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Getting Value from Big Data Faster


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Big data isn't notable because there is a lot of data that can now be stored and processed more cost-effectively. It is important because of what can be done with it. 

One approach that has been heralded for gaining more value from big data is the data lake, noted Jonathan Gray, CEO and founder of Cask in a presentation titled, “Building an Enteprise Data Lake,” at Data Summit 2017,  taking place at the New York Hilton Midtown, May 16-17, 2017.

The session was part of the Hadoop Day track, which was moderated by Unisphere analyst Joe McKendrick.

 The problem is that big data involves projects not products, there is also a lack of expertise, and success largely hinges on one-off heroic effort,  not repeatable blueprints, said Gray. In addition data integration is challenging because it is complex and time consuming, there is the risk of creating a data swamp, and often point solutions result which create shadow IT.

Ideally, a data lake should allow any user to have self-service access to any data with required security and governance built in, and the ability for analysts, scientists and developers to easily access data.

However, the big data technology stack does not deliver a data lake, noted Gray. Instead, it provides services from which a data lake can be assembled.

In Gray’s view, there are three steps to building a data lake. First, create the “data pond” with raw data copied from existing internal data stores and outside data sources. Once use cases have been defined, the “data lake” can be created with raw and defined data from other systems into a centralized cluster. And last a “data reservoir” can be created using raw and defined data which is governed and audited to ensure compliance and security.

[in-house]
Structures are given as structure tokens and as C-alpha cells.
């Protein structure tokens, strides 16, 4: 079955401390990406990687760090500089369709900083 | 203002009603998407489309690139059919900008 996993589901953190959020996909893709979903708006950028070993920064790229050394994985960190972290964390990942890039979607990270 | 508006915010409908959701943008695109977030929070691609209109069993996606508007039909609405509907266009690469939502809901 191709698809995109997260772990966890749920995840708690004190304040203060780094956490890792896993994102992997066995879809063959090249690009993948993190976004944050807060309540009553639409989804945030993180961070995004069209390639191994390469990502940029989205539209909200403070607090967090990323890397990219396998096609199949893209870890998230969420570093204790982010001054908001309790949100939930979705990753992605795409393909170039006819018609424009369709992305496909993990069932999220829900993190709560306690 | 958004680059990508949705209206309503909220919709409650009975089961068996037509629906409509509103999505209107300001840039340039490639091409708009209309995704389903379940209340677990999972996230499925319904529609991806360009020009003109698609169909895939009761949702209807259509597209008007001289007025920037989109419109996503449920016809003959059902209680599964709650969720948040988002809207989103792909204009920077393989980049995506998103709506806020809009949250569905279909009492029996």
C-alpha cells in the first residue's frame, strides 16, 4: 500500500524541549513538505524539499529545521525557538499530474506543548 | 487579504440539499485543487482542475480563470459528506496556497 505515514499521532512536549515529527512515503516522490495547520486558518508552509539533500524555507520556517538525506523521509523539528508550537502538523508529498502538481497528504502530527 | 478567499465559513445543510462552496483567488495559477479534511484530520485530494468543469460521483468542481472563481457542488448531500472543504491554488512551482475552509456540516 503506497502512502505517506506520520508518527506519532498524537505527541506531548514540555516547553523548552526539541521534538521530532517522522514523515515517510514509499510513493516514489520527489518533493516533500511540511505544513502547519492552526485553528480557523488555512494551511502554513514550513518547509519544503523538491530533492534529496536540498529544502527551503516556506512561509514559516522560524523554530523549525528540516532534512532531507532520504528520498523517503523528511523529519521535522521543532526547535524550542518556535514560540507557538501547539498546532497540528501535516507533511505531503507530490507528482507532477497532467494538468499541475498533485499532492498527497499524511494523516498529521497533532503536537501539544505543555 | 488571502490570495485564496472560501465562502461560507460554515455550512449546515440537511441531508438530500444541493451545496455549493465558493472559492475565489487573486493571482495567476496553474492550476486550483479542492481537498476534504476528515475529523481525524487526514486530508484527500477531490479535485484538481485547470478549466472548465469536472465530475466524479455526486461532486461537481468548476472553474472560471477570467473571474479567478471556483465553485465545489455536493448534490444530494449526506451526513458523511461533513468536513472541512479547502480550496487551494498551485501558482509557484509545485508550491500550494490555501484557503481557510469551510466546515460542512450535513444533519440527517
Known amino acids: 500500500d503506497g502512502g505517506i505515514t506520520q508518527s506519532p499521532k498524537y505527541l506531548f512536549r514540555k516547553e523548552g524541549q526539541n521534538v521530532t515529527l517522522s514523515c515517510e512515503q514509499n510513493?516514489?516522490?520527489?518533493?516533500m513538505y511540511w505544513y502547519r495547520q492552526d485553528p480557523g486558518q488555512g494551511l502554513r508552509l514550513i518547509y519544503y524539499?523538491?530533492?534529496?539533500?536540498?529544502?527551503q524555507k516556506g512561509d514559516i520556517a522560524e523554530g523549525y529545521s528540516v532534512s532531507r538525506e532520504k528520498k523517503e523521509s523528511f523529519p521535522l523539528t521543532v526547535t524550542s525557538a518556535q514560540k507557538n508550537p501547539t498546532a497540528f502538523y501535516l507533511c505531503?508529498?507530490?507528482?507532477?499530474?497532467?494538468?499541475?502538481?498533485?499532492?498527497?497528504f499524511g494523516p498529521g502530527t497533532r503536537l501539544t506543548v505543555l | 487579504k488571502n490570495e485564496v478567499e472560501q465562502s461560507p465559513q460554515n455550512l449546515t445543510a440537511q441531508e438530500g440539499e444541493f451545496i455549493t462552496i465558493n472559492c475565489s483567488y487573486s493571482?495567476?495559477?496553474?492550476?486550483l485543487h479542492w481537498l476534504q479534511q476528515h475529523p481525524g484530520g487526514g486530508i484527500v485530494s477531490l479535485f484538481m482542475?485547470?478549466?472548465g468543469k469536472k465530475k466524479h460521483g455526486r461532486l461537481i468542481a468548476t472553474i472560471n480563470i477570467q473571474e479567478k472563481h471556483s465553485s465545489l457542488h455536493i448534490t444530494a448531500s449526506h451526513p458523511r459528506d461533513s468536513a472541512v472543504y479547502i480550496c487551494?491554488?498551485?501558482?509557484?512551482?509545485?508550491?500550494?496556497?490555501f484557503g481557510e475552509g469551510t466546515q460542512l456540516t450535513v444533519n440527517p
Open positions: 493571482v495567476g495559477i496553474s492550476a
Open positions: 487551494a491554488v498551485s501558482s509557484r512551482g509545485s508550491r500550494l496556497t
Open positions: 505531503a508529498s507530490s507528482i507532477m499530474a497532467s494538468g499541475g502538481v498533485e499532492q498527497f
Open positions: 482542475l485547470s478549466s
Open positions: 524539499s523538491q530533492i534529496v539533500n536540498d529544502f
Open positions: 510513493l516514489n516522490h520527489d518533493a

Each of these steps has its own challenges, but it is critical to start with a pond before moving on, said Gray. In the data pond, for example, there are manual processes and it can hard to find data. In the data lake, ensuring data is in its canonical format is critical, and tasks are often very human driven and there is not enough self-service.  And, with the data reservoir, guaranteeing compliance can be difficult and sharing infrastructure in a mutitenant environment without quality of service support can also be hard.

To simplify the process, Cask offers the first unified integrated platform for rapid time to value from big data with the Cask Data Application Platform, said Gray, who presented a live demonstration of putting the technology to use.

Many conference presentations have been made available by speakers at www.dbta.com/datasummit/2017/presentations.aspx.


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